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AXIOM V2: MEMORY FORENSICS
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AXIOM V2: MEMORY FORENSICS

AXIOM is our one of the best tools. A few days ago Magnet Forensics has released AXIOM V2. Now AXIOM contains many features. We were especially delighted that the functional Volatility appeared in a new version of AXIOM. Volatility is the best tool for memory forensics. The combination of AXIOM and Volatility is clearly an excellent idea. And of course we immediately started testing this functionality.


The first thing the user sees in the main AXIOM window is adding the MEMORY button in the EVIDENCE SOURCES window.

 

If you click the MEMORY button, you will see the next EVIDENCE SOURCES screen with a single LOAD MEMORY DUMP FILE button.

It is not clear with what purpose this additional screen is made? Is this done to add the acquire memory dump button in the future? Setup file AXIOM has a size of more than 2GB. Therefore, it’s a bad idea to use AXIOM to create a memory dump. In addition, an examiner was offered two steps back to make a choice: LOAD EVIDENCE or ACQIURE EVIDENCE.

Okay. If you click the LOAD MEMORY DUMP FILE button, you will be prompted to choose a memory dump.

This is unusual, but AXIOM does not support memory dumps, which were created with FTK Imager. FTK Imager is a well-known and popular tool. And there is a version of FTK Imager Lite, which does not require installation.

The next window prompts you to select the operating system profile. The profile can be detected automatically using AXIOM or can be selected manually from the list of available profiles.

We opened Windows 10 Home memory dump (created with FTK Imager Lite) in AXIOM and waited for a long time for this tool to determine the profile of the operating system automatically. But it was unsuccessful. When we were tired of waiting, we canceled this process.

After that, we set the operating system profile manually and started the process of an analysis.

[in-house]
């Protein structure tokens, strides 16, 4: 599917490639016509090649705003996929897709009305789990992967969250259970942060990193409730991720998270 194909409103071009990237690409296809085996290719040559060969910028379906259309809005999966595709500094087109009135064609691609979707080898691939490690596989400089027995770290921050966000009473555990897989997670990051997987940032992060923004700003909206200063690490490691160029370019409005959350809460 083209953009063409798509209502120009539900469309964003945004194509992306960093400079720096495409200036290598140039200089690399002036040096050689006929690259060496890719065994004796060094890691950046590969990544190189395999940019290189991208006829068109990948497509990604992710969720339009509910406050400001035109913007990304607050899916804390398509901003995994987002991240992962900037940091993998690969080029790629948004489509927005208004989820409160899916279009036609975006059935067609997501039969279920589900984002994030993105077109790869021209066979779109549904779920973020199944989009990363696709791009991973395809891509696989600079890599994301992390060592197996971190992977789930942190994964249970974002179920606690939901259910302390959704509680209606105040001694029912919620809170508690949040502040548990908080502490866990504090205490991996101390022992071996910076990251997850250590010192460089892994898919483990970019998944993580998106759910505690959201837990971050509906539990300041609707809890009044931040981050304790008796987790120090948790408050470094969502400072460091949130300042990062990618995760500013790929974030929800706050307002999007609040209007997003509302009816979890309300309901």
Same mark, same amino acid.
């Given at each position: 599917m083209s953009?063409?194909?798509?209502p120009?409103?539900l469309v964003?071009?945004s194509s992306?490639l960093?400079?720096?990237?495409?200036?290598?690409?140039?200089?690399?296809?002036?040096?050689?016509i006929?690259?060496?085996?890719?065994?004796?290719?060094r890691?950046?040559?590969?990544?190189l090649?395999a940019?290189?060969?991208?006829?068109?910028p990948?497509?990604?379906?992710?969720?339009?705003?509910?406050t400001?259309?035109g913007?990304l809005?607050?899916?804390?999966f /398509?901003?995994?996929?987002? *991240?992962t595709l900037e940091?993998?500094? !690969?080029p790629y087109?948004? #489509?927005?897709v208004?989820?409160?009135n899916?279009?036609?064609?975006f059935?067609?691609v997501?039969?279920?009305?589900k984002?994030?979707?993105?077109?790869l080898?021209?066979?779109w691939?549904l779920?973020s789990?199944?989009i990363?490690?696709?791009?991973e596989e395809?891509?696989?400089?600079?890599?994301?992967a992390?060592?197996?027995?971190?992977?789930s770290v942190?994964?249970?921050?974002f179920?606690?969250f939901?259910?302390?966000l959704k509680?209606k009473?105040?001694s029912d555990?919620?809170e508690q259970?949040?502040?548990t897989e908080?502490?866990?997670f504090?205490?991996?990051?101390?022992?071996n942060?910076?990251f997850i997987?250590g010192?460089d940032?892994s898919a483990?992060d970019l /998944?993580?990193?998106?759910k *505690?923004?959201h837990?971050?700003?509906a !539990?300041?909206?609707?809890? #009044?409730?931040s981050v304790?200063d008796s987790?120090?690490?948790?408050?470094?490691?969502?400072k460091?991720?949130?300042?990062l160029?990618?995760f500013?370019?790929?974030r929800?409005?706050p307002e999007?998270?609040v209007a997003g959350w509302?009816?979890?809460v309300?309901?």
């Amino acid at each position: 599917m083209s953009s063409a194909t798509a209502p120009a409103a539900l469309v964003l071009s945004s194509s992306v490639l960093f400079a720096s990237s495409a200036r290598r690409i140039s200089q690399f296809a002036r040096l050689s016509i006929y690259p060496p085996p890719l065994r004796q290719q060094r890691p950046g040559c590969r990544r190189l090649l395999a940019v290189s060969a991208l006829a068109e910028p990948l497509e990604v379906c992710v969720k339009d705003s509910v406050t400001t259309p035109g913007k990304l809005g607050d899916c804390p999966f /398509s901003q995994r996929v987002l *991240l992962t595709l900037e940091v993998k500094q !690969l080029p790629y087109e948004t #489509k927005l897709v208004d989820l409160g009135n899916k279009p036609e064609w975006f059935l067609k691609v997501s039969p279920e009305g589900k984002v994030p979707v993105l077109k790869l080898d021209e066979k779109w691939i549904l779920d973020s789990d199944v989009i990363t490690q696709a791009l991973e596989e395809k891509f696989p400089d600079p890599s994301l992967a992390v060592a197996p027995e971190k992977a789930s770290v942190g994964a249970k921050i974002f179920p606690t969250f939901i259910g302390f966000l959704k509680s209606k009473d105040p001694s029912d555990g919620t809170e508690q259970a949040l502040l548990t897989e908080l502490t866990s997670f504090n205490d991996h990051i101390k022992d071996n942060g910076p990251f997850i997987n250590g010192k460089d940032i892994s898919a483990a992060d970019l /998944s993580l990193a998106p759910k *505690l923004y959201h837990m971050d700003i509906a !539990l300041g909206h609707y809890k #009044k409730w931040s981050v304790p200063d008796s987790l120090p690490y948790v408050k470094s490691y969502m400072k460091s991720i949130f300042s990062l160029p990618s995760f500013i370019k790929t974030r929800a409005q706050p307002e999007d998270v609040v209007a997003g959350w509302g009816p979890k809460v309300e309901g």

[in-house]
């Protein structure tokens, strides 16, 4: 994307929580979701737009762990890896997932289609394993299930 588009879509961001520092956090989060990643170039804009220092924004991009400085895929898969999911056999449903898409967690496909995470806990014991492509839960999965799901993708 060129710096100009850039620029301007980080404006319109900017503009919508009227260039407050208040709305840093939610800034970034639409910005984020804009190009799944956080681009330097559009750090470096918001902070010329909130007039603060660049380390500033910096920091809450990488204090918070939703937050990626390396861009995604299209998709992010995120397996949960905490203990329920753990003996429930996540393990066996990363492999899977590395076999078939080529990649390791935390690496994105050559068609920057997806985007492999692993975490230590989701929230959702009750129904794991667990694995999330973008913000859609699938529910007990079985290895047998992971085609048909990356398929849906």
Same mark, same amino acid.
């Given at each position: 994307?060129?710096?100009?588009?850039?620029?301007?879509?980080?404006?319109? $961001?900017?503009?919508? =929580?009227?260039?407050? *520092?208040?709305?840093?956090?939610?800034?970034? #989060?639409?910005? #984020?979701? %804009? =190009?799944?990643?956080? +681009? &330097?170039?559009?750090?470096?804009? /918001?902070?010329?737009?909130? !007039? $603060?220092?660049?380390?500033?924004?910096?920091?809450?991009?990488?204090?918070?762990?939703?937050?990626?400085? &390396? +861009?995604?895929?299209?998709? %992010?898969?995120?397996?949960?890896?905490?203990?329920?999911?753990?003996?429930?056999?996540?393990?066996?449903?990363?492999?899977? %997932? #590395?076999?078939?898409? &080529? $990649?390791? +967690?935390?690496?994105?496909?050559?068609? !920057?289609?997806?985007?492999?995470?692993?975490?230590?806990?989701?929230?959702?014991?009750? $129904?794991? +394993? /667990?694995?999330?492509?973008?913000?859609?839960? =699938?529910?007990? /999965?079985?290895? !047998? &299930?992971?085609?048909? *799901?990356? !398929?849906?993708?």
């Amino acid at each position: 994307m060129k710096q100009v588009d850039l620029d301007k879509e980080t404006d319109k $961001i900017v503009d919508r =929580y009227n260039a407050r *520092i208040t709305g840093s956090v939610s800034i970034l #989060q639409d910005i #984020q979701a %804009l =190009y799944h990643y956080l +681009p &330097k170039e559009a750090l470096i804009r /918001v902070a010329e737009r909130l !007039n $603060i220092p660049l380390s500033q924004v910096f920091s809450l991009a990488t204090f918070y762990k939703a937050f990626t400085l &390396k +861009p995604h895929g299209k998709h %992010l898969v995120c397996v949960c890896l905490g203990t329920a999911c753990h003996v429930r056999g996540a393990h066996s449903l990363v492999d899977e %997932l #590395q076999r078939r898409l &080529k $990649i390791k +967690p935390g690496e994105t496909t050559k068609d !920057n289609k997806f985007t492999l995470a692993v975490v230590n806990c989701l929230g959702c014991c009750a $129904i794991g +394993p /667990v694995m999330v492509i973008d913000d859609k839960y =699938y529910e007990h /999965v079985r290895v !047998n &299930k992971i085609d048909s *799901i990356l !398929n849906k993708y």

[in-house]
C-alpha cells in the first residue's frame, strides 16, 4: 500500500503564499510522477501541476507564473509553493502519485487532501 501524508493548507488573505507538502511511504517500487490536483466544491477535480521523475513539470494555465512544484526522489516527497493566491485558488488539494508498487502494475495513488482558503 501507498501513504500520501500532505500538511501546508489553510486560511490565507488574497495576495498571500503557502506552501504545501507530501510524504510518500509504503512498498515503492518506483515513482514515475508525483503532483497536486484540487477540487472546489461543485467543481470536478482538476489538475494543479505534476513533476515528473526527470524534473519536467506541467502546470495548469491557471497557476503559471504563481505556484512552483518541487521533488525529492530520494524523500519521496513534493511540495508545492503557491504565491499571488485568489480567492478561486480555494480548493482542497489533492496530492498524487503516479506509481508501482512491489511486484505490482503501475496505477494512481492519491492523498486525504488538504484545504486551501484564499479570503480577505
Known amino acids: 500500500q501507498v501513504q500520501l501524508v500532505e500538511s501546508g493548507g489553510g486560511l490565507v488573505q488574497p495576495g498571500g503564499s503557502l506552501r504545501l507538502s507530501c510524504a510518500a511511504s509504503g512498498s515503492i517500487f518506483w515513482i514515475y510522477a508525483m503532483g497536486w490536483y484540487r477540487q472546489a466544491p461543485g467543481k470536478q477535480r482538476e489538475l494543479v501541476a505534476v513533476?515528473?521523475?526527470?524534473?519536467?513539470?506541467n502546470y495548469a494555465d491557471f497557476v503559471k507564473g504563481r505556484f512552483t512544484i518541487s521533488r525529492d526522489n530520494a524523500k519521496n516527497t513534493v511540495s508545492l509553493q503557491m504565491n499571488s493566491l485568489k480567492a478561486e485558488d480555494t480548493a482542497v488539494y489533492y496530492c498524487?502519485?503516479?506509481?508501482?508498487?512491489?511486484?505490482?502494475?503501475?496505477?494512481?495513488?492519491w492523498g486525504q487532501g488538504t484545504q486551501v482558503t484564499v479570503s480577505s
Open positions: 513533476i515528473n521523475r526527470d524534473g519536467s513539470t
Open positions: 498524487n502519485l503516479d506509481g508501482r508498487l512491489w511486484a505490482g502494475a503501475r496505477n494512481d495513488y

Categories of memory artifacts

After the analysis, you will see a new window of the AXIOM interface – Case dashboard.

In this window, there is a section called TOP ARTIFACT CATEGORIES. It is not clear why this is done. We can predict that the top category for memory dumps will always be Web Related. The operating System will always be the top category for Windows running PCs and laptops. Web Related or Chat will always be the top category for smartphones. Besides, the size of the top category is such that all other categories in the TOP ARTIFACT CATEGORIES section will not be informative.


Categories of a memory dump

Categories of a full dump of an android smartphone

Categories of a Windows PC

 

If you click the inscription VIEW ALL ARTIFACT CATEGORIES, we get into the familiar interface of AXIOM Examiner.

In addition to the known artifacts in AXIOM Examiner, there is a new category MEMORY, which contains a lot of new information about the analysis of the memory dump such as Active Network Info, Connection Scan, Files, Processes, Dynamically Loaded Libraries, etc.

The most interesting category in this list is Malware Finder, which contains information about the files that can be pieces of malware.

Unfortunately, these files and suspicious processes cannot be extracted from the memory dump for additional analysis. We hope that this functionality will appear in the new versions of AXIOM.

Conclusion

As you can see, the new version of AXIOM has the functionality to explore memory dumps. Memory dumps can be created by Magnet Forensics free tool – Magnet RAM Capturer and other utilities. Now using AXIOM from a memory dump, we can extract not only familiar artifacts (such as: Web History, Chats, Emails, etc.) but also memory artifacts (such as Active Network Info, Connection Scan, Files, Processes, Dynamically Loaded Libraries, etc.).

 

Happy forensicating!

 

About the authors
Oleg Skulkin, GCFA, MCFE, ACE, is a DFIR enthusional (enthusiast + professional), Windows Forensics Cookbook and Practical Mobile Forensics co-author.

Igor Mikhaylov, MCFE, EnCE, ACE, OSFCE, is a digital forensic examiner with more than 20 years of experience and Mobile Forensics Cookbook author.

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